Way back on Jan. 12 (yesterday for me…. I feel like I’m a time traveler when I write these!) The Board of County Commissioners held a meeting to discuss raising Impact Fees in the county. The meeting was very well attended by a wide cross section of county residents and business owners. 

The vast majority of the attendees were adamantly against the proposal.  By definition, an impact fee is: a fee that is imposed by a local government on a new or proposed development project to pay for all or a portion of the costs of providing public services to the new development. 

While several of the Commissioners believe that the increase will only affect the developer, empirical studies show that developers rarely pay the cost of the fees; it is passed along to the consumer. This means higher home sale prices and higher rent in the commercial areas. It’s the latter that will affect us the most, although both are important to consider.

Here’s an example: I want to open a restaurant, “Andy’s House of Southern Soul Food” (I just made that up).  My restaurant needs to be 4,500 square feet. Under the current fees, the builder of the commercial real estate would pay the County $28,394 in impact fees for that 4,500 sq.ft. Several of our Commissioners want to raise that to $70,984, an increase of $42,590. The builder isn’t going to just eat that cost; they’re going to increase the rent in order to cover that added expense, which means I have to increase the cost of my menu items to cover the increased cost of my rent.  Now, with my higher prices, some people may not be able to afford to eat at my most excellent, 5-star, (I just made that up also) restaurant as often as they and I would like, which means I have less money coming in, which means my wait staff also earns less and the vendors from which I purchase my food and supplies earn less.  All told, that means Andy’s House of Southern Soul Food is going belly up and closing its doors.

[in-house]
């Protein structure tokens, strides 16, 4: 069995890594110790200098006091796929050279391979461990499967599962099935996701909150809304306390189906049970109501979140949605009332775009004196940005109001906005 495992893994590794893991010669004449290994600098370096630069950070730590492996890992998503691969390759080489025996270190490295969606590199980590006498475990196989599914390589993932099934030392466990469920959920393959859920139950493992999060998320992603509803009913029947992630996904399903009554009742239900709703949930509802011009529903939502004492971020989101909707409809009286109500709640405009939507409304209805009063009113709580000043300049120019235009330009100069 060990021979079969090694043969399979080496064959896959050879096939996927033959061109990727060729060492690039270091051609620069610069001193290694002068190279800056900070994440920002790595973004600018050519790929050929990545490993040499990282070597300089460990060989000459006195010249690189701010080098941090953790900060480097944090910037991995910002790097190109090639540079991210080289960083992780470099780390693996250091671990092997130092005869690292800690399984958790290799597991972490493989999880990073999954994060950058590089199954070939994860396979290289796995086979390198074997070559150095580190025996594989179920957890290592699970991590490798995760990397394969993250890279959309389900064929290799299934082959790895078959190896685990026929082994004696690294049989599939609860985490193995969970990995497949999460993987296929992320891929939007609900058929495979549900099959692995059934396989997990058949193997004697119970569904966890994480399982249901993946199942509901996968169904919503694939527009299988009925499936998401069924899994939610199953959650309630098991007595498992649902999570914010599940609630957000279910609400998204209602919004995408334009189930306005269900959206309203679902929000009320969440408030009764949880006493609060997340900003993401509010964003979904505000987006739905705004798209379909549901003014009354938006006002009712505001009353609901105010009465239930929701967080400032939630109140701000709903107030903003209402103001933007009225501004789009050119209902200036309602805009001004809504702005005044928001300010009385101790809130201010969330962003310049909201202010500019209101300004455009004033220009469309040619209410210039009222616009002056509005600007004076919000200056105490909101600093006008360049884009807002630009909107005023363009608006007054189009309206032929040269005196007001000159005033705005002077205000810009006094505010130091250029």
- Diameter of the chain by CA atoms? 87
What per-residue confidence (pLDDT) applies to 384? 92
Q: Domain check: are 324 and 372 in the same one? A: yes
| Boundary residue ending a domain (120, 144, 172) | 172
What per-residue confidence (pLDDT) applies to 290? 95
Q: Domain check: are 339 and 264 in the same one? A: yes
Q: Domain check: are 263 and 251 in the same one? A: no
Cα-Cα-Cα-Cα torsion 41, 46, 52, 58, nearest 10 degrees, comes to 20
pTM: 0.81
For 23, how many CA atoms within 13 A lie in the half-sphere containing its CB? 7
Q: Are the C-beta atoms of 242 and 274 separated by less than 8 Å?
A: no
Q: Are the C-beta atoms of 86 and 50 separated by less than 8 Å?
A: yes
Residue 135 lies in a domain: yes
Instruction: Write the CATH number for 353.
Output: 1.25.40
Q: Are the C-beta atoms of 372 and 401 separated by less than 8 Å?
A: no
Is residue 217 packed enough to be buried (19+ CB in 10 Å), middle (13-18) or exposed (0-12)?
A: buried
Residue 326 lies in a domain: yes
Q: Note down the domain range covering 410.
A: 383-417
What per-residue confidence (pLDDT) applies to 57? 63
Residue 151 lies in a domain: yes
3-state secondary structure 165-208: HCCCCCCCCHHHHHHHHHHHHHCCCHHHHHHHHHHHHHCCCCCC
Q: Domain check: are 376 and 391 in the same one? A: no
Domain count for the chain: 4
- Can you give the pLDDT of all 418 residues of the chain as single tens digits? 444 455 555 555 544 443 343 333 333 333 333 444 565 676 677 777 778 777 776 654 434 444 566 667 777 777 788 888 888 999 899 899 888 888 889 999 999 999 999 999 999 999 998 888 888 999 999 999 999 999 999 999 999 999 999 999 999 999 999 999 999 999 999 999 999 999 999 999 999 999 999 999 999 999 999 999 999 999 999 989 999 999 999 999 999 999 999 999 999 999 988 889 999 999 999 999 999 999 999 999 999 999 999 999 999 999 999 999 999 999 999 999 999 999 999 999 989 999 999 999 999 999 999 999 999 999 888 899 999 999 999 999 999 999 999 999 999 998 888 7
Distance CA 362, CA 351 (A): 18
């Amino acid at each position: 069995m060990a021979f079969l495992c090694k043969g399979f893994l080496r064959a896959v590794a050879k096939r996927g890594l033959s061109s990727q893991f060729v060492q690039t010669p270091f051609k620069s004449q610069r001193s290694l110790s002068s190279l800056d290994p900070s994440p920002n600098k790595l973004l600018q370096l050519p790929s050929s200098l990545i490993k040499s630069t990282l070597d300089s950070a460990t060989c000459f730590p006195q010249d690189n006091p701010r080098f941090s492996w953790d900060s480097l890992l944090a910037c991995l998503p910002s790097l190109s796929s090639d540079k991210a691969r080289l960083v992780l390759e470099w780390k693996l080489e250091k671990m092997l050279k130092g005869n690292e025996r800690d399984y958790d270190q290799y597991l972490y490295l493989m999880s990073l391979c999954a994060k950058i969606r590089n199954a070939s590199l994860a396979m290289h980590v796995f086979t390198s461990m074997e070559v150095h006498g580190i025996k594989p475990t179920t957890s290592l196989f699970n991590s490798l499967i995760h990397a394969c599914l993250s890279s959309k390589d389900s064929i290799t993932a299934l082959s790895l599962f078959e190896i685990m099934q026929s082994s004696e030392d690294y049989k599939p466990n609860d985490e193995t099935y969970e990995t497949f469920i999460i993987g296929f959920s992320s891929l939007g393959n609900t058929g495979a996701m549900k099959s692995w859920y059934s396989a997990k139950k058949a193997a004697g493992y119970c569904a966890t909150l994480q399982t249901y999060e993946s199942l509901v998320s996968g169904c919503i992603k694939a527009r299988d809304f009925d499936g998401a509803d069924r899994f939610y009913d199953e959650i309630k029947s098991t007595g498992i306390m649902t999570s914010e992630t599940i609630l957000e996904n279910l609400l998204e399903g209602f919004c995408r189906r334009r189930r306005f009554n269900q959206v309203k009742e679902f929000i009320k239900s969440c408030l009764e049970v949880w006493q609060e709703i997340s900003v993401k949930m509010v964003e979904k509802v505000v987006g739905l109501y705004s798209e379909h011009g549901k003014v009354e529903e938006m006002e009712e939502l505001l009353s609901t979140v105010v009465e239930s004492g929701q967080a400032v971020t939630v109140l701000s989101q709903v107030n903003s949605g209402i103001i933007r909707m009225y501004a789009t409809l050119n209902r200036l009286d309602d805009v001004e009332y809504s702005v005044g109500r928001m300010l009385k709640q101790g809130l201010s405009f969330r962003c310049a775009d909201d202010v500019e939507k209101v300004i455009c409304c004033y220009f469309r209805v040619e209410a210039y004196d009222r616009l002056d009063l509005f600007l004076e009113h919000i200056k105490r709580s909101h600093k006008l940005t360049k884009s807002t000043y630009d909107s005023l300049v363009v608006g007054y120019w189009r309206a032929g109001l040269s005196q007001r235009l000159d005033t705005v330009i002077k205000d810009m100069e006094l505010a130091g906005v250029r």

The ramifications of increasing the impact fees are endless. Hospitals, big box stores, and future businesses will all go just over the County lines to Lake, Marion or Citrus counties. The convenience of accessing those places by golf carts will be non-existent. Building in Sumter will come to a screeching halt and our economy will stagnate and implode. Given our current economic situation (COVID-19 restrictions) this is not the time to consider raising fees, which will slow down the tremendous economic growth that we are currently experiencing. 

The decision was made to table the discussion until the July meeting. As your VHA VP and VCDD 12 Supervisor, I will again attend the meeting to have my voice heard, as I think anyone reading this should do also. Whether you’re for or against the proposal, come out and have your voice heard! See your local government in action. It’s the American way. 

Andrew Bilardello